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Inspect Yourself

One thing I have learned over the years, and this is especially true as I get older, is the necessity to do a “body inspection” pretty regularly. Think about your car and the annual inspection or tune-up you get for it.  I think we need to give our bodies at least the same attention we give our vehicles! 

Yet, for many of us, we simply wait until something happens that demands we attend to it when it comes to our bodies.

Why are body checks helpful?

I know when I was younger, I rarely did any kind of body check.  I remember one time I had a rash that my mom noticed before I did!  That was not uncommon at that stage of my life.  Fast forward to my forties when I was diagnosed with RA. I was not especially in tune with my body and that likely contributed to my lack of attention to some of the early symptoms.  I simply blew them off as just a temporary issue and not something that a doctor needed to hear about.

When I did go see a doctor, it was only after the pain, redness and swelling in my joints had become intolerable.  I had ignored some of the early fatigue and muscle weakness, etc. that were, in fact, a prelude to a flare.  Of course, now I am well aware and most of us are to those early signs.

My self assessment for rheumatoid arthritis

Starting my days by checking RA symptoms

With that in mind, today I am very much aware of any changes, good or bad, that my body encounters.  I literally do “joint check” before I get out of bed each morning and often as I head to sleep at night.  When I am experiencing that annoyance, we all call “brain fog”, I try to step back and slow down in the hopes I can curtail a flare.  The same is true of feeling fatigue.  When that hits, I know that a flare could be close behind so I try to be careful about my activity level.

Being aware of any irregularities with your body

Beyond the RA signals, we need to be aware of any new changes in our bodies.  Because of the many co-morbidities that can go along with RA, we need to pay attention to other signals.  For instance, my skin and eyes became very dry after RA entered my life and I discovered that I had Sjogren’s syndrome, a condition that is characterized by extreme dryness.

Reflux, often a side effect of the many medications we take, can be very painful and limiting and could lead to ulcers if left untreated.  Beyond these are may other conditions related to RA, making the need to be in tune with our bodies that much more crucial to out overall health.

The importance of self assessments

Beyond RA, there are just bodily changes that occur as we age, a fun fact I am discovering virtually every day now that I am 65.  Many of these are annoying but harmless and need not induce panic or a late-night visit to the ER. 

But I keep a list and take it with me to my next doctor visit, where I can review it and ensure all is well, or there may be a need to test further.  Either way, I am doing the best I can to make sure I do my body inspections on a regular basis!  Yet another way to manage our RA.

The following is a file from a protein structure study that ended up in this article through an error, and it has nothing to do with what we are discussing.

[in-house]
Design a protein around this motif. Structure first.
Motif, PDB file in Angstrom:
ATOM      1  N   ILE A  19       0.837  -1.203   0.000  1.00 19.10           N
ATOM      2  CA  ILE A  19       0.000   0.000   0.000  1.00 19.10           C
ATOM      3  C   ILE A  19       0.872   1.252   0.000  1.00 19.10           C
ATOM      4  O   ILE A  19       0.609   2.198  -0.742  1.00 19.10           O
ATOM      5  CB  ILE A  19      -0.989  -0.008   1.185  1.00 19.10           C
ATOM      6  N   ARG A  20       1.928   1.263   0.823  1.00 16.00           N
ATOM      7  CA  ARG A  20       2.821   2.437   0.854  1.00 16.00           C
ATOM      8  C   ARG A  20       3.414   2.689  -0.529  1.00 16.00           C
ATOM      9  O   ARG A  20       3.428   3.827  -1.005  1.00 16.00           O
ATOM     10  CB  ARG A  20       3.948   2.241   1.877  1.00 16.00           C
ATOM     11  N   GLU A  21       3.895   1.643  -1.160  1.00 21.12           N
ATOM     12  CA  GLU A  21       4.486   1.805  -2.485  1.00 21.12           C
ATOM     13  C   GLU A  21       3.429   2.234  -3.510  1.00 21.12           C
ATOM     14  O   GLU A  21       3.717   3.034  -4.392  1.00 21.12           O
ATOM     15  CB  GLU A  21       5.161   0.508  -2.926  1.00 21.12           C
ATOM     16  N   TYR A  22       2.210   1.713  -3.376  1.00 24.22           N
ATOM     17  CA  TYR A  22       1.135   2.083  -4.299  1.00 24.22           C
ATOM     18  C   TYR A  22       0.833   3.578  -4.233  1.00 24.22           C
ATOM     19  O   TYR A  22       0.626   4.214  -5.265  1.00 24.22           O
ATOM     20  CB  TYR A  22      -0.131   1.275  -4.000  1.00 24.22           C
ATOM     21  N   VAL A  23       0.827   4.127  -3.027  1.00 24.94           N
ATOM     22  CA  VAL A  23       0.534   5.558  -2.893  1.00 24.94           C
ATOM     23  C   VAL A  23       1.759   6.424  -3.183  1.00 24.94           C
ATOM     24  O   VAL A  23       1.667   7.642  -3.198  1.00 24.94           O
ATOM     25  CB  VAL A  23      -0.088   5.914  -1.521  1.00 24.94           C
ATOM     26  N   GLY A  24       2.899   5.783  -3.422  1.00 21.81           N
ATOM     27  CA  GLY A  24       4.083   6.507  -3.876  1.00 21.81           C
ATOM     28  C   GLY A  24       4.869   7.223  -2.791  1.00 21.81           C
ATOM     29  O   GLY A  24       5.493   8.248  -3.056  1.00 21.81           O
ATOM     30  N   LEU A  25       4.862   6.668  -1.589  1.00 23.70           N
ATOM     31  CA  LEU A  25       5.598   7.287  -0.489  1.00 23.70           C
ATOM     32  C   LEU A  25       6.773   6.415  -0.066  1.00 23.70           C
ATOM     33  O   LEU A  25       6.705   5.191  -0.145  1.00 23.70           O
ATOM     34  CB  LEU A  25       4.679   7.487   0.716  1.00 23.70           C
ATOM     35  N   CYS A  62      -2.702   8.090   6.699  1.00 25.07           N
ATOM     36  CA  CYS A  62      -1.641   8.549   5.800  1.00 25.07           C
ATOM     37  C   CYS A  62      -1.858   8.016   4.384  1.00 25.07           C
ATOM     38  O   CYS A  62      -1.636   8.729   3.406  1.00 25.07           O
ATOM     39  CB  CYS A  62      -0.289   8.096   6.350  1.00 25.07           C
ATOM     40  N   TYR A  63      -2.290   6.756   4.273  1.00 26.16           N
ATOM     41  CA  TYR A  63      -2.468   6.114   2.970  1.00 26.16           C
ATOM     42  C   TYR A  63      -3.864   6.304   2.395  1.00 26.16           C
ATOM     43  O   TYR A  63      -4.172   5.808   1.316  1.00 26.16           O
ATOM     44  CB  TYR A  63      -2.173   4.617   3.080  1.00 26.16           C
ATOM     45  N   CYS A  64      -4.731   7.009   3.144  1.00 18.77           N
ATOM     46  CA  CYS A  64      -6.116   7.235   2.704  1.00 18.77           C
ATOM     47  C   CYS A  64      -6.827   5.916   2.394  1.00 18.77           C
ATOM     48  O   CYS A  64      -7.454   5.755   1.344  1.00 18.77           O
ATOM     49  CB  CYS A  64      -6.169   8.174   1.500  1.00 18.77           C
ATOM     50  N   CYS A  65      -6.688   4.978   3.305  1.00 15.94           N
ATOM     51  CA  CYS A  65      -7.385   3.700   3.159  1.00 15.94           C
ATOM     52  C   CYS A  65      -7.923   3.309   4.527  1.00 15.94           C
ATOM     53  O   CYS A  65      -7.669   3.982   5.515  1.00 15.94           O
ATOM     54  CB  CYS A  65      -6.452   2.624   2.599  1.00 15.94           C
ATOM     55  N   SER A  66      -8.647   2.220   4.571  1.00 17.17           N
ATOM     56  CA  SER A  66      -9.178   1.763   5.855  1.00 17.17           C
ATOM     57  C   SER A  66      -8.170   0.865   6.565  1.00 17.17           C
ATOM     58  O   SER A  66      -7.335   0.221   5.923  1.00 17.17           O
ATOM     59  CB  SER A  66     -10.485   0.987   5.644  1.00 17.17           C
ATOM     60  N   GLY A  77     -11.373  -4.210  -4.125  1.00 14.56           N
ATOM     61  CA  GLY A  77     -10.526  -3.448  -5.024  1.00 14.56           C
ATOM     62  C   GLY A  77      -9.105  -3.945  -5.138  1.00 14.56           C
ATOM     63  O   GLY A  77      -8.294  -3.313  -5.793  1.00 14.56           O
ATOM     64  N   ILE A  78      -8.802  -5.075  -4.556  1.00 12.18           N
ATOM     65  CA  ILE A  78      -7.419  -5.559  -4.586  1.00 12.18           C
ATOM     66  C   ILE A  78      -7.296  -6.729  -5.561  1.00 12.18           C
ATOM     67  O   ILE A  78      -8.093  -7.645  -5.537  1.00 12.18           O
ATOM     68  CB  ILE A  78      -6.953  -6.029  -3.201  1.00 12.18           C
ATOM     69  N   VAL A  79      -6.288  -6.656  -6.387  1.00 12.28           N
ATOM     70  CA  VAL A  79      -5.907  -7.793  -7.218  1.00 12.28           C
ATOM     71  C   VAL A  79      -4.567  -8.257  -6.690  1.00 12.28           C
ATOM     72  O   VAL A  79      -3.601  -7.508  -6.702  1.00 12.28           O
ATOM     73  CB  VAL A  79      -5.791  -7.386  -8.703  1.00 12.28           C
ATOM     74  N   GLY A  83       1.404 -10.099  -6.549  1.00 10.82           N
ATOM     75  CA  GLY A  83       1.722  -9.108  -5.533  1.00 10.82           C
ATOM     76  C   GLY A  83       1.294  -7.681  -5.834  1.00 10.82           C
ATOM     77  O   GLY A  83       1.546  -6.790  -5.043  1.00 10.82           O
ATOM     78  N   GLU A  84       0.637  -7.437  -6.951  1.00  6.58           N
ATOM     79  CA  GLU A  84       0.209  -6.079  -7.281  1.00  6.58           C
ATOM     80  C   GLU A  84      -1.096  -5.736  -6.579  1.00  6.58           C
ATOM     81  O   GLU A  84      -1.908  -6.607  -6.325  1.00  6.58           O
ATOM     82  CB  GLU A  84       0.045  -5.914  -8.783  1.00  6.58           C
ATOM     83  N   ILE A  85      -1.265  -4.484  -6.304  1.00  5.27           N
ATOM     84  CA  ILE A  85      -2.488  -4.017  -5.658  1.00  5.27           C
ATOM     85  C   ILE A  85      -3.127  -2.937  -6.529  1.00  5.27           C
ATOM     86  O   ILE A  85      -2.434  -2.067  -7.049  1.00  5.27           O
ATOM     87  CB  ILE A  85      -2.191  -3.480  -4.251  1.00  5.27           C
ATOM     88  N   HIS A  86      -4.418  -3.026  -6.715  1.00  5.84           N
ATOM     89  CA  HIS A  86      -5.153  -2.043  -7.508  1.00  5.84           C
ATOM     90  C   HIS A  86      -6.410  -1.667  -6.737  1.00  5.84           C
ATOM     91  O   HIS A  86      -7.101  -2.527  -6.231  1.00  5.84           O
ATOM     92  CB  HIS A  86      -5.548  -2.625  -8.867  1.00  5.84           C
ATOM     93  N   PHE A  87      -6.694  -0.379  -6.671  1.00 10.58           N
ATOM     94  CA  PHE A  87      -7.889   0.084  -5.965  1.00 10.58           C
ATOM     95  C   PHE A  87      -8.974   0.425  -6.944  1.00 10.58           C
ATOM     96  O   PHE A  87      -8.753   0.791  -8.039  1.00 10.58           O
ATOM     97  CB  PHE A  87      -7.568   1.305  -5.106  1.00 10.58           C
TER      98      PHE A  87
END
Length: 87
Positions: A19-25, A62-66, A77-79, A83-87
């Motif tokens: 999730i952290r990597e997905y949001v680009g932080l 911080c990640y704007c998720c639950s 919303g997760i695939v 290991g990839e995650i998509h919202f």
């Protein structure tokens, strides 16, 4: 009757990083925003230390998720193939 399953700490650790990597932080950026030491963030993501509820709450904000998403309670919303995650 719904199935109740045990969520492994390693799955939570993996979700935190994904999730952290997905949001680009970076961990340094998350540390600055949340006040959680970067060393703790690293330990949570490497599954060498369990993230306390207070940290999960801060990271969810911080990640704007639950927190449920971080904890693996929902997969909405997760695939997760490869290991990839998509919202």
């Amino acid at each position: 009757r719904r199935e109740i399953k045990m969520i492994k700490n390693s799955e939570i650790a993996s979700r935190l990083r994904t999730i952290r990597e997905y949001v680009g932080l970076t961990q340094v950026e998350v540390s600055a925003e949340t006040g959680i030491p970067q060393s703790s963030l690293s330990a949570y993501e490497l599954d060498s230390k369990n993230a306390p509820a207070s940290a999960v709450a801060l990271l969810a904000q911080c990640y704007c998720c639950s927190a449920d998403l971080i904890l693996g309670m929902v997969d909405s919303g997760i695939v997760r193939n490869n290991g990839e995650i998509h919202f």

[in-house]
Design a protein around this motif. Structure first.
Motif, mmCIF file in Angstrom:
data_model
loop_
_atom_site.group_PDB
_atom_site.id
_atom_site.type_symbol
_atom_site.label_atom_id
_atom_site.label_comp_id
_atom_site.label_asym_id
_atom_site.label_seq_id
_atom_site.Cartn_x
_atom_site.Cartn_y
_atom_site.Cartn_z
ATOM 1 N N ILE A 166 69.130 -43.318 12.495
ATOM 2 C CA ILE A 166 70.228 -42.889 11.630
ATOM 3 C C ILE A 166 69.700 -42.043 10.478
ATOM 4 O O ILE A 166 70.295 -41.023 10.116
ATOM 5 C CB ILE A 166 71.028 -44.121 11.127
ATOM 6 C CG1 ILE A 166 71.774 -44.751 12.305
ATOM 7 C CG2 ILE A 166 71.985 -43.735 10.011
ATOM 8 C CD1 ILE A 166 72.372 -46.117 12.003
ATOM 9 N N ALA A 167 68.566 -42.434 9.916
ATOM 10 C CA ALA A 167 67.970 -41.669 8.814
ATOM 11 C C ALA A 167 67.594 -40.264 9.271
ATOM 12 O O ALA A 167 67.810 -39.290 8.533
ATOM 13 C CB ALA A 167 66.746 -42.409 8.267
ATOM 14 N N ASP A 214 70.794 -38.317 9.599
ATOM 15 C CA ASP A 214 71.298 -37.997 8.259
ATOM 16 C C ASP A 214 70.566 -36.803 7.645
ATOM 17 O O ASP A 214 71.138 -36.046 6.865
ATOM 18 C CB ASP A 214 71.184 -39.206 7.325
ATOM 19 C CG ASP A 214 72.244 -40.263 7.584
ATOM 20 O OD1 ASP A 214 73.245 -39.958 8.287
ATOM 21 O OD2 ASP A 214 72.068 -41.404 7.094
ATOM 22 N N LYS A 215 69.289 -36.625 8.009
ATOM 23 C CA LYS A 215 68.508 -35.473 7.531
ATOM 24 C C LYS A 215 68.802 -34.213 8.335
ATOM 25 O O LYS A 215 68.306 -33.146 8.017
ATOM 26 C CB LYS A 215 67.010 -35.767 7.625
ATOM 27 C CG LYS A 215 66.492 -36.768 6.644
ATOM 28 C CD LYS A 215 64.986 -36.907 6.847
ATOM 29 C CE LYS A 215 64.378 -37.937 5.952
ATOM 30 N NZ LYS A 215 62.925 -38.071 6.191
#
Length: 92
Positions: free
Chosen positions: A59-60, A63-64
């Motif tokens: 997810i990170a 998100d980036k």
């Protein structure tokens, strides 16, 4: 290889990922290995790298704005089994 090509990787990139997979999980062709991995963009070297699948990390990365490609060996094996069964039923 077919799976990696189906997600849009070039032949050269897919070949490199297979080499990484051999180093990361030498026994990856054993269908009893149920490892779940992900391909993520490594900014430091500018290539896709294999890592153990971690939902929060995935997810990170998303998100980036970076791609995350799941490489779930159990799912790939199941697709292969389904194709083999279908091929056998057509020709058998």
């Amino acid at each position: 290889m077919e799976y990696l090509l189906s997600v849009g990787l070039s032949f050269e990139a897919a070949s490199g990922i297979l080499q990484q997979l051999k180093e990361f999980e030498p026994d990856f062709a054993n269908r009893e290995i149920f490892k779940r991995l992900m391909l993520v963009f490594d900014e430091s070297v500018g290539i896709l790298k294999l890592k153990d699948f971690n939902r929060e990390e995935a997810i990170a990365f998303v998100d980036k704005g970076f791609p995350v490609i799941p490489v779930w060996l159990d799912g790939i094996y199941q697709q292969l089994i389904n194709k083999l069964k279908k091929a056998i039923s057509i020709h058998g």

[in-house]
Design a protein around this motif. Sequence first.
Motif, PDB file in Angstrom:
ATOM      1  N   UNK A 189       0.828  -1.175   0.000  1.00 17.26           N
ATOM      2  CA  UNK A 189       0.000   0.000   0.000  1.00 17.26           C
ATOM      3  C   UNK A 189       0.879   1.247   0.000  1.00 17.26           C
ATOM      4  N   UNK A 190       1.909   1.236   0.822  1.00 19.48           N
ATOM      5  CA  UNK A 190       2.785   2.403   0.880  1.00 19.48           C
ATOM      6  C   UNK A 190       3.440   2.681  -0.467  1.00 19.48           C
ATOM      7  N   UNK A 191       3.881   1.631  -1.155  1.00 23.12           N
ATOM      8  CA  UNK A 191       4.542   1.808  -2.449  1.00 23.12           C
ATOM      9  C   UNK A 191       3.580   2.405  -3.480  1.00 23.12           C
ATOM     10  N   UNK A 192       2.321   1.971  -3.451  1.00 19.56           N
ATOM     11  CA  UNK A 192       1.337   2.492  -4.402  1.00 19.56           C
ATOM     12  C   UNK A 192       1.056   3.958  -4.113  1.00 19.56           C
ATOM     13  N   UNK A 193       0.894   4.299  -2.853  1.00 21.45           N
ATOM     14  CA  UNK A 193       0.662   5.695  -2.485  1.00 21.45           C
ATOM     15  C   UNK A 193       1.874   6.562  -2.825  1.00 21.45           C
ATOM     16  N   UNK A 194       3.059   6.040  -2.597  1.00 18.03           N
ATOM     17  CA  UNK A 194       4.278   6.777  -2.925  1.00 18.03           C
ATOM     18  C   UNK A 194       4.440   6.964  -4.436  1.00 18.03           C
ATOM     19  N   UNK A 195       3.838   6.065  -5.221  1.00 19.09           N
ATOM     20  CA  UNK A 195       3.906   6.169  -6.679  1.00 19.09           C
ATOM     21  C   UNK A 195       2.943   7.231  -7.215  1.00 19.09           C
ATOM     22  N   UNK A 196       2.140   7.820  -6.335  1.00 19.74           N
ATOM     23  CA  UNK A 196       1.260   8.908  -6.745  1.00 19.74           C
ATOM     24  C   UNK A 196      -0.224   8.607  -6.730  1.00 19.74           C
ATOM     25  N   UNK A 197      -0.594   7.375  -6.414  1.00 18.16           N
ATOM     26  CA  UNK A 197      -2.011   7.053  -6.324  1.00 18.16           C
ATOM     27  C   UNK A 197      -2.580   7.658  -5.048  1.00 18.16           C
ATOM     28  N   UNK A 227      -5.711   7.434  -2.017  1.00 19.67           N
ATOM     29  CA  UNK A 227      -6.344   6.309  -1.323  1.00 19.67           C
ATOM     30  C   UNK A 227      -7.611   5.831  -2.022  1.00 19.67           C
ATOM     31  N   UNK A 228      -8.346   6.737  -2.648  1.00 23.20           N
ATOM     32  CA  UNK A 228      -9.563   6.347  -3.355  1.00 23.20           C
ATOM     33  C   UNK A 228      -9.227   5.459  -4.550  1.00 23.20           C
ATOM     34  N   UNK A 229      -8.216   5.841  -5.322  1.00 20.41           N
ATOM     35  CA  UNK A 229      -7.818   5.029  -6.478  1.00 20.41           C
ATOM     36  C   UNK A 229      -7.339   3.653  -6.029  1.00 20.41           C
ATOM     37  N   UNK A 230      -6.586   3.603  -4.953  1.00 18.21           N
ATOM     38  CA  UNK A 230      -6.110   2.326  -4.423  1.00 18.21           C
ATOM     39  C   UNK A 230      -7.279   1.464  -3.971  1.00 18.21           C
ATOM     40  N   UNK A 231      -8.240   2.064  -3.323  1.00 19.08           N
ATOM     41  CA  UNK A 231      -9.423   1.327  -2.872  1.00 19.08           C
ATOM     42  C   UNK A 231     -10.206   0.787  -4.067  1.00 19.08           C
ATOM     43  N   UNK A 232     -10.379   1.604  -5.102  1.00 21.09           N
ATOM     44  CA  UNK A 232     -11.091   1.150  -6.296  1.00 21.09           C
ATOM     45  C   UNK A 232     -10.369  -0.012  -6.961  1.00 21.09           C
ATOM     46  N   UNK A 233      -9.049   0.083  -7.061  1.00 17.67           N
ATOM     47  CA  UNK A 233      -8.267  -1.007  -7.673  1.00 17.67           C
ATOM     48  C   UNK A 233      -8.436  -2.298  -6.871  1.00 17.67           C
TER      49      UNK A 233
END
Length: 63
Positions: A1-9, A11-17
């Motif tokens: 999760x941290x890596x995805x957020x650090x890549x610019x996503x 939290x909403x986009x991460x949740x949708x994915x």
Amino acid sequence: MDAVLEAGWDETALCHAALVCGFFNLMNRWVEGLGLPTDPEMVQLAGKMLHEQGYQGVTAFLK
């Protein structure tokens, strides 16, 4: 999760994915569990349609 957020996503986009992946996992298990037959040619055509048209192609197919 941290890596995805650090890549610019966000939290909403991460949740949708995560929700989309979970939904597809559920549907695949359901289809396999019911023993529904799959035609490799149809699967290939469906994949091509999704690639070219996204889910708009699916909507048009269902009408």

Nan

This article represents the opinions, thoughts, and experiences of the author; none of this content has been paid for by any advertiser. The RheumatoidArthritis.net team does not recommend or endorse any products or treatments discussed herein. Learn more about how we maintain editorial integrity here.

Comments

  • Lawrence 'rick' Phillips moderator
    4 weeks ago

    Nan, when I wake up I do a morning check up. Feet, how are they doing? Not much going on going check normal
    Keens, stiff but movable.
    Right hip hurts check normal,
    Blood sugar slightly elevated, check normal,
    hands stff but no real pain.
    Left elbow, painful check normal

    I feel like a piolt using a check list to decide to take flight.

    Sounds like we have a common approach

  • Lawrence 'rick' Phillips moderator
    4 weeks ago

    I was doing that, but my wife found me, now I have to get her permission. Psst, or I just wait until she leaves the house.

    oh ,, wait, ahh well never mind

  • Lorilyn
    4 weeks ago

    I was just diagnosed with RA a few weeks ago, thank you, as I see now my being so tired could be the RA and not the change
    I have a lot to learn!!
    Thank you for sharing!!!

  • christine.laaksonen moderator
    4 weeks ago

    Hi @lorilyn and welcome to our RA community. While I am so sorry to hear about your recent RA diagnosis, I am glad that you are here. Getting an RA diagnosis can bring on a whole list of feelings and emotions, please know that we are here for you in any way we can help.

    I also want to share a couple of articles with you as other newly diagnosed members have found them helpful.

    https://rheumatoidarthritis.net/living/what-would-your-current-self-say-to-your-newly-diagnosed-self/

    https://rheumatoidarthritis.net/living/no-1-its-just-a-diagnosis/

    The fatigue can definitely be a result of the RA. Unfortunately many in our community have mentioned the fatigue that accompanies their RA is one of the most frustrating symptoms.

    Please don’t hesitate to reach out. We are here for you.

    Sending you a gentle hug.

    — Warmly, Christine (RheumatoidArthritis.net Team Member)

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